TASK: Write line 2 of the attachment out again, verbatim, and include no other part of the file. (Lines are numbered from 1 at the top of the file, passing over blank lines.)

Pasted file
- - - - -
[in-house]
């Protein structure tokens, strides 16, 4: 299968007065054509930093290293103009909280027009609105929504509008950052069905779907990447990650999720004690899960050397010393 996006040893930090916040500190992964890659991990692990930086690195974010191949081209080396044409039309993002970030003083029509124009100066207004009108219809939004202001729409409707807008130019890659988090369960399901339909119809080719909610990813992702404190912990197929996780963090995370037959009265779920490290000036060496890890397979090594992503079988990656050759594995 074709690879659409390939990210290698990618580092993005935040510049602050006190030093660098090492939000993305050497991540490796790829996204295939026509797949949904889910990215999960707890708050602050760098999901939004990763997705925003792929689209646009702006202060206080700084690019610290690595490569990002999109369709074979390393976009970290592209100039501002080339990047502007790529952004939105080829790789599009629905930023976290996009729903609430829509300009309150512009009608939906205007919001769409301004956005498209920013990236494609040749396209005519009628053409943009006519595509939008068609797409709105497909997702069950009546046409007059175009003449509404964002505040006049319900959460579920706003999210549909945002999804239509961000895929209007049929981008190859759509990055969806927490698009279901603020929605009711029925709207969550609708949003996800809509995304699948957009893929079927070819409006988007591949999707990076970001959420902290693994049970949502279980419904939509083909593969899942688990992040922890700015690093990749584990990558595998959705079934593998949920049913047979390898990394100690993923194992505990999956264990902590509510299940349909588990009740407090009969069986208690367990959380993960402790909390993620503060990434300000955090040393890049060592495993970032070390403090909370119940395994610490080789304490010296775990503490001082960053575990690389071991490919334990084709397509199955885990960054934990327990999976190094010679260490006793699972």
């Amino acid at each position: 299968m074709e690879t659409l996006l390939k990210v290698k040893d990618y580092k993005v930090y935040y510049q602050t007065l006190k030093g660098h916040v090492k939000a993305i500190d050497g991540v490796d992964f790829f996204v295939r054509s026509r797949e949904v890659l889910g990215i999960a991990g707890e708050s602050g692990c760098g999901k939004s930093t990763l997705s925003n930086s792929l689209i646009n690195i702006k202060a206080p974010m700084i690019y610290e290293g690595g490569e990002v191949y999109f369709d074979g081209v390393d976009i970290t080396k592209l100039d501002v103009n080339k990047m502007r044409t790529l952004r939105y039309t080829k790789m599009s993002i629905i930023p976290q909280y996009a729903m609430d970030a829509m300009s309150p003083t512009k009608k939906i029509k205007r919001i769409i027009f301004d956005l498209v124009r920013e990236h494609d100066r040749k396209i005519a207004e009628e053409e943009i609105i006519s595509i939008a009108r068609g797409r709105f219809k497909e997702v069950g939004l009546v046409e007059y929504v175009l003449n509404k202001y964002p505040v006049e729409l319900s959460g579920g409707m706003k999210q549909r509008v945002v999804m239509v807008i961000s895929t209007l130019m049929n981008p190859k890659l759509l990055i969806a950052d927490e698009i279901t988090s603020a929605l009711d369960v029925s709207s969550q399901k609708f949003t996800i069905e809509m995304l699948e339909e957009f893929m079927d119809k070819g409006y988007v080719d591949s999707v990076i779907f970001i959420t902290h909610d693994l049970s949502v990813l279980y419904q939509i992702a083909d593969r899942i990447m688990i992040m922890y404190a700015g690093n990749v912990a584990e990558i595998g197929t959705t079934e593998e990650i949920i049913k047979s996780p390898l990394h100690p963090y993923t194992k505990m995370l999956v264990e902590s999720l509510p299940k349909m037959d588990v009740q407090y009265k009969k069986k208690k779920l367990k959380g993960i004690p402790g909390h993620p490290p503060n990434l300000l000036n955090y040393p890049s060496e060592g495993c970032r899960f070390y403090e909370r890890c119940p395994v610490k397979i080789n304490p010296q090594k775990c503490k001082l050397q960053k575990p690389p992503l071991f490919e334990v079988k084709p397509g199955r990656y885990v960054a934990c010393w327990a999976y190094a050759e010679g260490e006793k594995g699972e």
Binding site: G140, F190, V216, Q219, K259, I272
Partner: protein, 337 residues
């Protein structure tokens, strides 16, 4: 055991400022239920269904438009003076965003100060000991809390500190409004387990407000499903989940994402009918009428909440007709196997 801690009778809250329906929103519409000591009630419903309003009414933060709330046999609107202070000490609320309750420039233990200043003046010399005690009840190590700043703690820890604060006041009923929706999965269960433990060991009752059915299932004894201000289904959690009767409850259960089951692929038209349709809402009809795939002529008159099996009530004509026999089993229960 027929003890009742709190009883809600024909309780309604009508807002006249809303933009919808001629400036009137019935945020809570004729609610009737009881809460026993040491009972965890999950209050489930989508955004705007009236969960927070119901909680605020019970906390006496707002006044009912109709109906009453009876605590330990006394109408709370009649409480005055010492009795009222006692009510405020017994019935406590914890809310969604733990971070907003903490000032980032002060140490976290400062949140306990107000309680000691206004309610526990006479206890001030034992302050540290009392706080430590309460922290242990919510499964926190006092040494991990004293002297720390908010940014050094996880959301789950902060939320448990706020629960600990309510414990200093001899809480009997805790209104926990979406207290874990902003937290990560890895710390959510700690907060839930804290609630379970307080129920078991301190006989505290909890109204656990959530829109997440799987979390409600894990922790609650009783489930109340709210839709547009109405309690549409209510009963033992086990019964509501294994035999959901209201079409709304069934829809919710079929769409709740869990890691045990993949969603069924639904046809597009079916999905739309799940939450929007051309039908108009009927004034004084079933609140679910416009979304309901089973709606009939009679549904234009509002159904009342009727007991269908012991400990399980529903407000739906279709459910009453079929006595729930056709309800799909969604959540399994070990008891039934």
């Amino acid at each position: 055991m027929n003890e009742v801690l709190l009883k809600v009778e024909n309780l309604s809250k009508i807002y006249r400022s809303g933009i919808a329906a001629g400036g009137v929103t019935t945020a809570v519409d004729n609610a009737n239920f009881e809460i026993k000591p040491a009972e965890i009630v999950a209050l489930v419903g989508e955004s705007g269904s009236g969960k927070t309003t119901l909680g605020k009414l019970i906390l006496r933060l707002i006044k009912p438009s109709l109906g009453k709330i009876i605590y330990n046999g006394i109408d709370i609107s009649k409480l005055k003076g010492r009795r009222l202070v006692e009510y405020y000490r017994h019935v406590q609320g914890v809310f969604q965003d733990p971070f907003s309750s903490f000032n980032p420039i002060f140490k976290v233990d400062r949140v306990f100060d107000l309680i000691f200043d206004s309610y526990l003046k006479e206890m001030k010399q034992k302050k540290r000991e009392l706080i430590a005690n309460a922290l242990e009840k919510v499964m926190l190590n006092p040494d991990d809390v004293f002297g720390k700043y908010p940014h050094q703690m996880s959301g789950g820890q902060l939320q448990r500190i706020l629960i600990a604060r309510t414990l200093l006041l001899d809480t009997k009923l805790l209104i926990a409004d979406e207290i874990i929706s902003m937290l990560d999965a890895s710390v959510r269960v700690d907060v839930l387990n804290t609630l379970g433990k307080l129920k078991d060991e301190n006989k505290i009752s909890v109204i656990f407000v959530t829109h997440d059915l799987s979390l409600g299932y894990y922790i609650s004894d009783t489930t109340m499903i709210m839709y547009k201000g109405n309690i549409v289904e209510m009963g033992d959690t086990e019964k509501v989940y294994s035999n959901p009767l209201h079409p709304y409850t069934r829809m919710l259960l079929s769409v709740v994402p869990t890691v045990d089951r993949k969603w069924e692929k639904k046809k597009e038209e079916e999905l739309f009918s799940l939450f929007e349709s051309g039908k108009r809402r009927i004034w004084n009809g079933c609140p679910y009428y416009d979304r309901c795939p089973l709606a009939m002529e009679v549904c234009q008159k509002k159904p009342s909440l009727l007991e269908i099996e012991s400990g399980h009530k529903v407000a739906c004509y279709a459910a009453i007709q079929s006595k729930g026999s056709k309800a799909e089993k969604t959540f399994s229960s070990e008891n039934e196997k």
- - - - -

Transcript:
């Protein structure tokens, strides 16, 4: 299968007065054509930093290293103009909280027009609105929504509008950052069905779907990447990650999720004690899960050397010393 996006040893930090916040500190992964890659991990692990930086690195974010191949081209080396044409039309993002970030003083029509124009100066207004009108219809939004202001729409409707807008130019890659988090369960399901339909119809080719909610990813992702404190912990197929996780963090995370037959009265779920490290000036060496890890397979090594992503079988990656050759594995 074709690879659409390939990210290698990618580092993005935040510049602050006190030093660098090492939000993305050497991540490796790829996204295939026509797949949904889910990215999960707890708050602050760098999901939004990763997705925003792929689209646009702006202060206080700084690019610290690595490569990002999109369709074979390393976009970290592209100039501002080339990047502007790529952004939105080829790789599009629905930023976290996009729903609430829509300009309150512009009608939906205007919001769409301004956005498209920013990236494609040749396209005519009628053409943009006519595509939008068609797409709105497909997702069950009546046409007059175009003449509404964002505040006049319900959460579920706003999210549909945002999804239509961000895929209007049929981008190859759509990055969806927490698009279901603020929605009711029925709207969550609708949003996800809509995304699948957009893929079927070819409006988007591949999707990076970001959420902290693994049970949502279980419904939509083909593969899942688990992040922890700015690093990749584990990558595998959705079934593998949920049913047979390898990394100690993923194992505990999956264990902590509510299940349909588990009740407090009969069986208690367990959380993960402790909390993620503060990434300000955090040393890049060592495993970032070390403090909370119940395994610490080789304490010296775990503490001082960053575990690389071991490919334990084709397509199955885990960054934990327990999976190094010679260490006793699972």